There seems to be a growing interest in The Customer Experience, but it shouldn’t be surprising to learn that the concept is not uniformly understood or applied. So what is this thing called The Customer Experience?

A Customer Experience is an interaction [a touchpoint] between an organization and a Customer as perceived through a Customer’s conscious and unconscious mind, Unlocking The Hidden Customer Experience, Colin Shaw.

Since we’re going to have a Customer Experience whether we like it or not and whether the Solution Provider planned it or not, you’d be forgiven for thinking that Solution Providers would at least try harder not to antagonise us customers, especially me.

And here come my examples …

Recently I needed to update my webhosting service, so instead of taking the easy way out and defaulting to my incumbent provider of almost 10-years, I performed rudimentary research such as a web search for “the best web hosting services” and I asked a client. My client recommended (advocated) a service I’ll call I-Can’t-Be-Bothered. I visited I-Can’t-Be-Bothered’s web site. I found that they had interesting if not great environmental responsibility values, but they did not acknowledge my email pointing out that their FAQ page did not work properly, and nor did they get back to me when I left a message wanting to enquire about aspects of their service – Customer Experience: disappointed. In contrast, let’s circle back to my current webhosting service provider 1st. Domains. Whenever I call them, they answer within a few rings, and every person I have talked with is friendly, patient, and effective – Customer Experience: grateful and amazed.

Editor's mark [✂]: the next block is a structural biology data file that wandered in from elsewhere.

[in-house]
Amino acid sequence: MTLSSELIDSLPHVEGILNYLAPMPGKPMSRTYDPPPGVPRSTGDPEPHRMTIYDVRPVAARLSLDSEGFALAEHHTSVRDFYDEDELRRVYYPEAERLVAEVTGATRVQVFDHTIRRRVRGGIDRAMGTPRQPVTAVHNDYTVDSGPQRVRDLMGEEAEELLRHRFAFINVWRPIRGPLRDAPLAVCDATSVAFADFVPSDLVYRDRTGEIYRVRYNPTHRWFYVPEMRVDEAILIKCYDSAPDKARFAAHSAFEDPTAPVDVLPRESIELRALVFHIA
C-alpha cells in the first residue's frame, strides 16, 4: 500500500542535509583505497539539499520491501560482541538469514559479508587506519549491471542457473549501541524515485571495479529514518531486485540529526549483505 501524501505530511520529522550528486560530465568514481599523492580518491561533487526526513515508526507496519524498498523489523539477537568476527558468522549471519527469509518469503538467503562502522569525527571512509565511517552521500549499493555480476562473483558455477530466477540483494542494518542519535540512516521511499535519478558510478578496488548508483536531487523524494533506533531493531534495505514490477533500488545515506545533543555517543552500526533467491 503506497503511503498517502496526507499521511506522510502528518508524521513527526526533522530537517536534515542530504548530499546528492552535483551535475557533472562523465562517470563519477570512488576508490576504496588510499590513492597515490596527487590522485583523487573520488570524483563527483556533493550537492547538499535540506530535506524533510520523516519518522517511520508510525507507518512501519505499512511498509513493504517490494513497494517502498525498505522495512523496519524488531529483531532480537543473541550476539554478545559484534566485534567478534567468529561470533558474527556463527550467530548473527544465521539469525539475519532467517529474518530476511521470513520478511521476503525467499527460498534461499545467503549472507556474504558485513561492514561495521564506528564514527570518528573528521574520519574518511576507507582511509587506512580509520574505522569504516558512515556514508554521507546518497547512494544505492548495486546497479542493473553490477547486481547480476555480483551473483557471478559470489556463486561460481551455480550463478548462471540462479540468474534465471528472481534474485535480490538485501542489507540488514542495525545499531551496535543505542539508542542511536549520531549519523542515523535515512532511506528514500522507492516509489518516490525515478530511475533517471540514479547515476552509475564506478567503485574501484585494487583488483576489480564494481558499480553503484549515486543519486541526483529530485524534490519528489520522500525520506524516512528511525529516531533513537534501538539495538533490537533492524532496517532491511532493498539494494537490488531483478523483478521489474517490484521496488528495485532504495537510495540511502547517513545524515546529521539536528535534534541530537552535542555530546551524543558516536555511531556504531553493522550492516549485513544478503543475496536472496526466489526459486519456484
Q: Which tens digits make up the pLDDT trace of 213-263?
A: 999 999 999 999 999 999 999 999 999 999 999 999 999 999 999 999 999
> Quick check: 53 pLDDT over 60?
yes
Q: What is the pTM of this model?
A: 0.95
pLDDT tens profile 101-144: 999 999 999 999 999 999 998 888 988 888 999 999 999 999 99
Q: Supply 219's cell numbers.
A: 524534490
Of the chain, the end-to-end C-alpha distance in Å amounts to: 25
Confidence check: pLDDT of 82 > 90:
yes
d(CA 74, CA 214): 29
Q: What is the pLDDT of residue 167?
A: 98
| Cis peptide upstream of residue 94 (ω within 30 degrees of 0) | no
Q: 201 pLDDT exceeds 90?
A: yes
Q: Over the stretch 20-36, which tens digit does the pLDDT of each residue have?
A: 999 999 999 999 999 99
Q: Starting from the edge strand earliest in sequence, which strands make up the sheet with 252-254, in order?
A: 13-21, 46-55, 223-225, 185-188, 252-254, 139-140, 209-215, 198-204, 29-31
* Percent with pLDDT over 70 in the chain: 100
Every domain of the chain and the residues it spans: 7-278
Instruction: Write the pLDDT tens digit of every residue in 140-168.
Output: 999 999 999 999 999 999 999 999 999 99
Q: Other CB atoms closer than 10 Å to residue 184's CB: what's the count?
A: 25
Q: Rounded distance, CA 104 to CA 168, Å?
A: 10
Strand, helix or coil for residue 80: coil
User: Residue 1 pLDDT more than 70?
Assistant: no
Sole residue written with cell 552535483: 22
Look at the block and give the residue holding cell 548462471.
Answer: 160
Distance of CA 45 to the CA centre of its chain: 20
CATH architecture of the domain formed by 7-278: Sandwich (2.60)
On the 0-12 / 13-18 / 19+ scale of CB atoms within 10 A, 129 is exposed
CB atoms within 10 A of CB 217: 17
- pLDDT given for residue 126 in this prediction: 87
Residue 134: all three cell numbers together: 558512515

For my last example, I’ll recall my experience of Tue 14 May 2019, when I parked in the Auckland Transport Civic Car Park for 3hr 47min and I got charged $24, when I expected no more than around a $12 fee. After having paid the fee so that I could get home, I naturally enquired about the ‘mistake’ the following day. No mistake, the fee was $4/hr up to 6pm, and $12 flat fee after, therefore $24 is correct. How is this fair, and, how is this treatment going to encourage me to visit the CBD to support the local businesses (rate payers) there in the future? Customer Experience: Outraged.

In summary, it is inevitable that Customers will have experiences at every touchpoint. I’m not suggesting that it is appropriate to provide every Customer a Disney Land type experience, instead, every solution provider should think about all of their touchpoints, and as a minimum, design every touchpoint such that they at least do not antagonise Customers and consequently drive them away, or worse, turn them into anti-advocates, like me.